Since good oral hygiene habits like brushing and getting regular cleanings are essential parts of lifetime dental health, it’s important to get your children used to preventive dental care long before their adult teeth grow in. Since children’s dentistry varies in several ways from adult dentistry, here are a few tips to get you started if you’re navigating the world of pediatric dentistry for the first time:
- Respecting Baby Teeth
Baby teeth fall out, so there’s no reason to take care of them, right? Wrong. First of all, baby teeth are important for keeping proper spacing for adult teeth. This means that it’s worth keeping them healthy so that they don’t fall out too soon. Secondly, the habits your child builds caring for her baby teeth will likely follow her all the way to adulthood. And thirdly, brushing and flossing affect gum and overall oral health, not just teeth.
- Brushing Together
Good children’s dentistry starts at home with good brushing and flossing. One way to teach your children that brushing and flossing are normal, essential parts of a daily routine is to make sure they see you brushing, too; often, kids who go to sleep long before you get ready for bed may think that brushing is a special burden you put on them alone. So get out your toothbrush along with them, spending two minutes brushing and one minute flossing.
- Finding the Right Dentist
Getting your kid to the dentist as soon as the first tooth becomes visible is important when it comes to making your child feel comfortable at the dentist’s. But don’t just go anywhere: Find a dentist for kids, specifically. If your children are feeling anxious about a dental appointment, you can get them used to the idea by playing dentist at home, having them open wide so you can count their teeth. Then let them take a turn, playing dentist on a doll or stuffed animal.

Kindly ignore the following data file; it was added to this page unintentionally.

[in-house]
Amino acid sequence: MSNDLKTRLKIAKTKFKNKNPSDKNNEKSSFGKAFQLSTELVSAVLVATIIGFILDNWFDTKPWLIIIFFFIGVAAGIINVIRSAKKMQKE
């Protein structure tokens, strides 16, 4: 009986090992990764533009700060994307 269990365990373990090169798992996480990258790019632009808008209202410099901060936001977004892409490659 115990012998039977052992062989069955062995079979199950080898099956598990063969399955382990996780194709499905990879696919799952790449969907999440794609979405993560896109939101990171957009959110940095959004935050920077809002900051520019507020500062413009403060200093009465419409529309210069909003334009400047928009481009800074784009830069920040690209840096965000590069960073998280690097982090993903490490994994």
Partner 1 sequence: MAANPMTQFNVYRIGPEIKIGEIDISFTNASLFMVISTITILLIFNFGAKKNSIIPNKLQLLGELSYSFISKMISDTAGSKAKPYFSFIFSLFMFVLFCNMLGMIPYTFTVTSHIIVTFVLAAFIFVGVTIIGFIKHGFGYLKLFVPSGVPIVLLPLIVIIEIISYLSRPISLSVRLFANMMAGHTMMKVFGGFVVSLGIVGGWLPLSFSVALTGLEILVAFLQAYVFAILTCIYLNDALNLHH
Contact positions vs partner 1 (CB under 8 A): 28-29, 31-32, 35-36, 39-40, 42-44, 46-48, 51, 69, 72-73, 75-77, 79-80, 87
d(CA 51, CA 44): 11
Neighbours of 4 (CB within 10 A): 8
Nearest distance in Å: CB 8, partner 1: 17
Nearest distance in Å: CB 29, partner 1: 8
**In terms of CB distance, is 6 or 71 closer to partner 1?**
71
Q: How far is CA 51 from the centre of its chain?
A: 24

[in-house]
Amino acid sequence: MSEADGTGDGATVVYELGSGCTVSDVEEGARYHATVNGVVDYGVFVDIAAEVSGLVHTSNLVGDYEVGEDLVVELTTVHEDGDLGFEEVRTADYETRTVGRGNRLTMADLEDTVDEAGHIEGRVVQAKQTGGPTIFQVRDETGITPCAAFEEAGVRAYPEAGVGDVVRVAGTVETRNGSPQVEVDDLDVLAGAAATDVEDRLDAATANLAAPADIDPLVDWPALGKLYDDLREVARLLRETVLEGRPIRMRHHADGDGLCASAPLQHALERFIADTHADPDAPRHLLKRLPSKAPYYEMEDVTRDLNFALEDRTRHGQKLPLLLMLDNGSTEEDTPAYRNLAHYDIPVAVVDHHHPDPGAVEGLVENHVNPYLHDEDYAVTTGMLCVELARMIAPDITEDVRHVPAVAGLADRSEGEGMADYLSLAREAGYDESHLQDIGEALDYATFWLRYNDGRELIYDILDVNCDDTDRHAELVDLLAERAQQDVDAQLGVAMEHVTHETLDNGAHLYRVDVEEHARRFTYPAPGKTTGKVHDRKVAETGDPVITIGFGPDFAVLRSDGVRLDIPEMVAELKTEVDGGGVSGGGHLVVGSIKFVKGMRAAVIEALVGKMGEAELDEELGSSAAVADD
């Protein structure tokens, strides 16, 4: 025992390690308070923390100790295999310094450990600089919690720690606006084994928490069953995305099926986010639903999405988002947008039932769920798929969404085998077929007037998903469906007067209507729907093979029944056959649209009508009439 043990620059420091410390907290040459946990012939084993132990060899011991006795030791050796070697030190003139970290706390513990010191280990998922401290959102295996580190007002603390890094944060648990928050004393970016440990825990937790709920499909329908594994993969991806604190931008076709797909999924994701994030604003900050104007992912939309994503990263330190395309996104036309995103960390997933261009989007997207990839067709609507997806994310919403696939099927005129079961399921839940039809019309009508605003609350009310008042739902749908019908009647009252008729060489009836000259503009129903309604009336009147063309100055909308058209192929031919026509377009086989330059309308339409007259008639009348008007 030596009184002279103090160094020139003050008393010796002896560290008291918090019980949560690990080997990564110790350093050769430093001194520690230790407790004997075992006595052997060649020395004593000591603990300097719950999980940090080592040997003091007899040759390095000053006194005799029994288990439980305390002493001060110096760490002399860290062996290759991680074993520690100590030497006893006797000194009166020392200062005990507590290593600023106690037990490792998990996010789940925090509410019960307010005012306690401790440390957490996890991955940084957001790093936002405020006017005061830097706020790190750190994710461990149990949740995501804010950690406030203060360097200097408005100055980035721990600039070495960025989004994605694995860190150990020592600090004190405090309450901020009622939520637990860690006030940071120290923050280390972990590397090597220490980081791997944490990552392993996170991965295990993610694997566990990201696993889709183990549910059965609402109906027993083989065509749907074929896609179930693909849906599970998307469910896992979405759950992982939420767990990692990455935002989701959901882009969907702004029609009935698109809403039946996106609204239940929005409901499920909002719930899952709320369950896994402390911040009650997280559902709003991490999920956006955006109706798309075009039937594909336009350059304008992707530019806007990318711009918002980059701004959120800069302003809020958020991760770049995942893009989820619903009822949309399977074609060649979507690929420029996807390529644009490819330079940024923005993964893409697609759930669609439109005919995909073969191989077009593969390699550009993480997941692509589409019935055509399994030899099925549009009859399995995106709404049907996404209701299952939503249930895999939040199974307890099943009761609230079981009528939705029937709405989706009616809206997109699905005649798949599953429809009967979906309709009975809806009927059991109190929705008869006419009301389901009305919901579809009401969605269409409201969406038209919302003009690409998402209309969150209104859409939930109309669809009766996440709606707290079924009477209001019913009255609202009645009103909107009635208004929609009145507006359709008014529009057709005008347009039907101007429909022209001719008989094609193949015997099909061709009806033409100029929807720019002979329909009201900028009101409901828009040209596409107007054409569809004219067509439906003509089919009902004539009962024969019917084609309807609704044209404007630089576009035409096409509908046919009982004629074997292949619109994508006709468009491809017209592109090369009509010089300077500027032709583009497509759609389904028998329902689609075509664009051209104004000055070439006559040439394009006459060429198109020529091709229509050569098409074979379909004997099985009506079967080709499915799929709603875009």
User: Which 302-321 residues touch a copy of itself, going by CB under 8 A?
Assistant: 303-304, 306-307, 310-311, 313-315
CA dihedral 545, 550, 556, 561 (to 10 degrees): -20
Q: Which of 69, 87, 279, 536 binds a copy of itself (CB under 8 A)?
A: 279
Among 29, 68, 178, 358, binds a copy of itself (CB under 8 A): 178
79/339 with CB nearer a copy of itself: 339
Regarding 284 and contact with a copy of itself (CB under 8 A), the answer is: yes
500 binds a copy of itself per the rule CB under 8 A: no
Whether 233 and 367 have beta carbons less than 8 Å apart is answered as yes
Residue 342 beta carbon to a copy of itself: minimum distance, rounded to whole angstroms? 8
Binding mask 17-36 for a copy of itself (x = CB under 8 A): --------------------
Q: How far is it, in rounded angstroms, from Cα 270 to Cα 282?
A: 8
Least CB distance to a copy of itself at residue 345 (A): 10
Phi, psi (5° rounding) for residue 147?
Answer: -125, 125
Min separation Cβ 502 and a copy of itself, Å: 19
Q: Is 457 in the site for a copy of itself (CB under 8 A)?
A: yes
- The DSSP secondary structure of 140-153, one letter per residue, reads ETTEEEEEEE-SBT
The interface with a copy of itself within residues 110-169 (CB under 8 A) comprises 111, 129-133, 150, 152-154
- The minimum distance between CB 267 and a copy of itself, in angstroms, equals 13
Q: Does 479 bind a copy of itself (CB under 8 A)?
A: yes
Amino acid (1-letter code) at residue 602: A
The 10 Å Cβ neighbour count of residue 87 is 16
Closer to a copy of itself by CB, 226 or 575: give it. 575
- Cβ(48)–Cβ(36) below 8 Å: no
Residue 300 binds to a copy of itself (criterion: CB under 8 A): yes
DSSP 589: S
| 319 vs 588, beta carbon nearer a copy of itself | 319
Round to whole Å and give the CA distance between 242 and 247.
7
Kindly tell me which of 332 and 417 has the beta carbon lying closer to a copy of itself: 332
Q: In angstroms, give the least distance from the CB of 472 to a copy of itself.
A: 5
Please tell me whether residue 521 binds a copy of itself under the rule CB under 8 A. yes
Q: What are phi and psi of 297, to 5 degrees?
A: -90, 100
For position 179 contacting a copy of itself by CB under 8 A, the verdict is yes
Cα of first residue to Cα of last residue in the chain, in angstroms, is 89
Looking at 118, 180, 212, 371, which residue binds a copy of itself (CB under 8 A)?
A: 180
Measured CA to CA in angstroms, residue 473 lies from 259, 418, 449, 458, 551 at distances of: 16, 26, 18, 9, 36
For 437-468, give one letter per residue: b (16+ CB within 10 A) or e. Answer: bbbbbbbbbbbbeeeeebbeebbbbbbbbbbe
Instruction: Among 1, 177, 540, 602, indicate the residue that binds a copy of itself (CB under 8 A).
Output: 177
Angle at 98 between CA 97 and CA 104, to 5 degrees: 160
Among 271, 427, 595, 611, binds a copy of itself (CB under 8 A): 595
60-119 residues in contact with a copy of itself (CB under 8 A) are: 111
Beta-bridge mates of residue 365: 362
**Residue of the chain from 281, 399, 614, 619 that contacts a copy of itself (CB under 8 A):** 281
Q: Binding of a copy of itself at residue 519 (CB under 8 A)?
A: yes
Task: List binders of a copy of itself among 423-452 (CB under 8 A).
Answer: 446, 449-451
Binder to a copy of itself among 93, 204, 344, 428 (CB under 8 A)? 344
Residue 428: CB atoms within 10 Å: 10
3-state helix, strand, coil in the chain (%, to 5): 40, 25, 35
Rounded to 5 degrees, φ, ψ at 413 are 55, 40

- Taking Action Early
Dental decay starts earlier than you probably expect. More than a quarter of 2- to 5-year-olds show signs of dental decay, and children are extremely prone to cavities between the ages of 6 and 14. One type of preventive dental care that is particularly beneficial for children and teens is the application of tooth sealants. These prevent food and plaque from building up in molar crevices, which can be difficult to clean even with good brushing and flossing habits. Sealants should be applied to molars as soon as they come in to best guard against decay.
Do you have any other tips to share when it comes to children’s dentistry? Join the discussion in the comments.
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